Quantcast
Log In Register

Back There Again

by Ann Morrow on December 20, 2012

The Hobbit: An Unexpected Journey
Directed by Peter Jackson

 

There is a marvelous passage, early in Tolkien’s The Hobbit, where Bilbo Baggins, reluctant host to a company of dwarves who are talking and singing of their lost riches, is suddenly seized with a jealous love for “beautiful things made by hands and by cunning and by magic” (and of course, he eventually comes into ownership of one of these things). Yet his fierce desire evaporates almost immediately, and Bilbo is again just a hobbit from Bag End, perfectly content with the comforts of hearth and home. This evocative description sets up almost all that is to follow, including the author’s subsequent trilogy. But alas, there is none of the meaningful whimsy of Tolkien’s first fantasy book to be found in the director Peter Jackson’s fourth Middle Earth movie. It’s Lord of the Rings all over again, only without the involving characterizations. An Unexpected Journey (part one of The Hobbit film trilogy) doesn’t even pay attention to Bilbo’s delight in maps, especially maps with runes and secret elvish script. Instead there are orcs, more orcs, and much conspiratorial talk of shadowy forces that might’ve been revealed with more skill and subtlety.

Ian McKellen in The Hobbit: An etc. etc.

While sending Bilbo (Martin Freeman), his dwarf companions, and leader Gandalf (Ian McKellen) out into the unpredictable wilds of Middle Earth, The Hobbit confronts them with one excuse for carnage after another. Battle fatigue sets in early, and that’s after an uninspired prologue where Old Bilbo (Ian Holm) narrates the lore of the town of Dale and the exile of the dwarves from their mountain kingdom. The quest, as it’s called here, is for the king in exile, Thorin Oakenshield (Richard Armitage) and his loyal followers to return to their ancestral homeland, defeat the terrible dragon that usurped it, and reclaim their treasure. Yet the imperative of the story is quickly bogged down by dragged-out scenarios (showing the dwarves to be more weirdly attired and crude in manner than anything Tolkien ever wrote) propelled by hectoring and bickering. Lost in the murk is the charm of Bilbo’s vantage point. Reduced to a reactive role (and played by an actor best known for reactive roles), the hobbit seems merely along for the ride, and turning him into a warrior doesn’t compensate for the loss of his delightfully clever contributions to the trek. Only rarely does the film capture the wonderment that was expected from Jackson’s usually prodigious imagination, as when the dwarves sadly sing of their lost world, or later, with the brief appearance of Galadriel (Cate Blanchett), who is alluded to but not introduced in the book.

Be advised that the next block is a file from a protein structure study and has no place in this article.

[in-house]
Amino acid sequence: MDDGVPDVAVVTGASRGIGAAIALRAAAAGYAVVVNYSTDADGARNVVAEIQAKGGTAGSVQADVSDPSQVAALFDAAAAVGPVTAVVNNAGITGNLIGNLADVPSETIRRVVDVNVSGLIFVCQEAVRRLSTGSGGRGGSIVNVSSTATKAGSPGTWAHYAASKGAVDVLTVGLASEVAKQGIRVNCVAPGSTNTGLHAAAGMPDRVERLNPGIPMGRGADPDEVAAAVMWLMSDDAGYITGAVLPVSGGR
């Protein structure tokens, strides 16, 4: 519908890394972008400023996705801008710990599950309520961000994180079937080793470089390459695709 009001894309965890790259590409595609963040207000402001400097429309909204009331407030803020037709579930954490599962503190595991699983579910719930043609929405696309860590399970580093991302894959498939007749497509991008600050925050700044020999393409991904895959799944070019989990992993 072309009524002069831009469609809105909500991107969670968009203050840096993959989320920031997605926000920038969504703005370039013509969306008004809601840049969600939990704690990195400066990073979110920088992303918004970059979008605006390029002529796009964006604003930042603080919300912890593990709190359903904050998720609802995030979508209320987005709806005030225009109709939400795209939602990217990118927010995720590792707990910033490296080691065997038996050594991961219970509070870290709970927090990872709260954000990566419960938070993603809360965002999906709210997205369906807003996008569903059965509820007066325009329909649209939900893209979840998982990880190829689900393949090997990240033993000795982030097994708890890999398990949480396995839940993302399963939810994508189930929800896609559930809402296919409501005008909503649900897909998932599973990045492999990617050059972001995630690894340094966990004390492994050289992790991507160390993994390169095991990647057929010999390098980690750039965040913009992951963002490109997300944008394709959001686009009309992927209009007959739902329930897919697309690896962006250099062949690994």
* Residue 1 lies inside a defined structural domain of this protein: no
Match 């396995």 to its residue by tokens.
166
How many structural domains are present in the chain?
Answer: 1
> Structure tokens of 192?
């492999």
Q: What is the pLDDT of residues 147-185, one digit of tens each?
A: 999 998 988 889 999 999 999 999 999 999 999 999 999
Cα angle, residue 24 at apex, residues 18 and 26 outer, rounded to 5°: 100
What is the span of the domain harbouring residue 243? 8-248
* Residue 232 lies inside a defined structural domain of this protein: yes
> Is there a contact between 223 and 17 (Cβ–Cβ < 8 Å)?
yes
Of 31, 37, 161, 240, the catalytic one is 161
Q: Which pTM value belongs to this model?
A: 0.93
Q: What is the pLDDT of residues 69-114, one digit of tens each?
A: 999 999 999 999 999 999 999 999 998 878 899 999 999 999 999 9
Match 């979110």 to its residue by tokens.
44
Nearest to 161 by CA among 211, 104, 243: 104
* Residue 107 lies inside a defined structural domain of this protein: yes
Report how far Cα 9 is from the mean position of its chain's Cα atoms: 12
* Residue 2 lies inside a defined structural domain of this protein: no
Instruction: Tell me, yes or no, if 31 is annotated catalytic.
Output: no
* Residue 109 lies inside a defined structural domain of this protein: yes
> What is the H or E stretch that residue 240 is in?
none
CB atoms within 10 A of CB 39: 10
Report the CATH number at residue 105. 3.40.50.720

The dominating force here is an addition of the filmmakers (perhaps especially Guillermo del Toro, the original director) called the Pale Orc (Manu Bennett), a footnote brought to the screen specifically to enact an ancient grudge with Thorin and up the violence quotient to a wearying degree. Much of the action is reworked from LOTR, squashing the story’s spontaneity: must Gandalf whisper to a messenger moth before the arrival of the eagles? Did the elf cavalry have to circle the dwarf troop exactly as the Rohirrim did the Fellowship?

Adding to this atmosphere of overfamiliarity (which includes the score by Howard Shore) is the artificial transformation of Thorin from an űber-dwarf to an Aragon reboot. An opportunity for fresh vigor, through Radagast (Sylvester McCoy) is reduced to silliness as the brown wizard’s deceptively childlike demeanor is shown with bird droppings in his hair and a buck toothed, cross-eyed haplessness that culminates in a drug joke. Even Bilbo’s encounter with Gollum, one of the most immersive sequences, can’t compensate for these near-puerile flourishes.

Where Jackson really gets its wrong is in trying to strong-arm a simple adventure tale with mystical overtones into another heroic quest story about the end of the world. It’s the aura of enchantment—some of it chillingly unwholesome—that makes The Hobbit a prequel to LOTR, not its forced similarities.  One can only hope that now that Jackson has definitively tied An Unexpected Journey to his billion-dollars-plus franchise of a decade ago, that parts two and three will mine Tolkien’s fantasy realm to more original effect. For if not, it will be a long and arduous slog to the return of the dwarf king.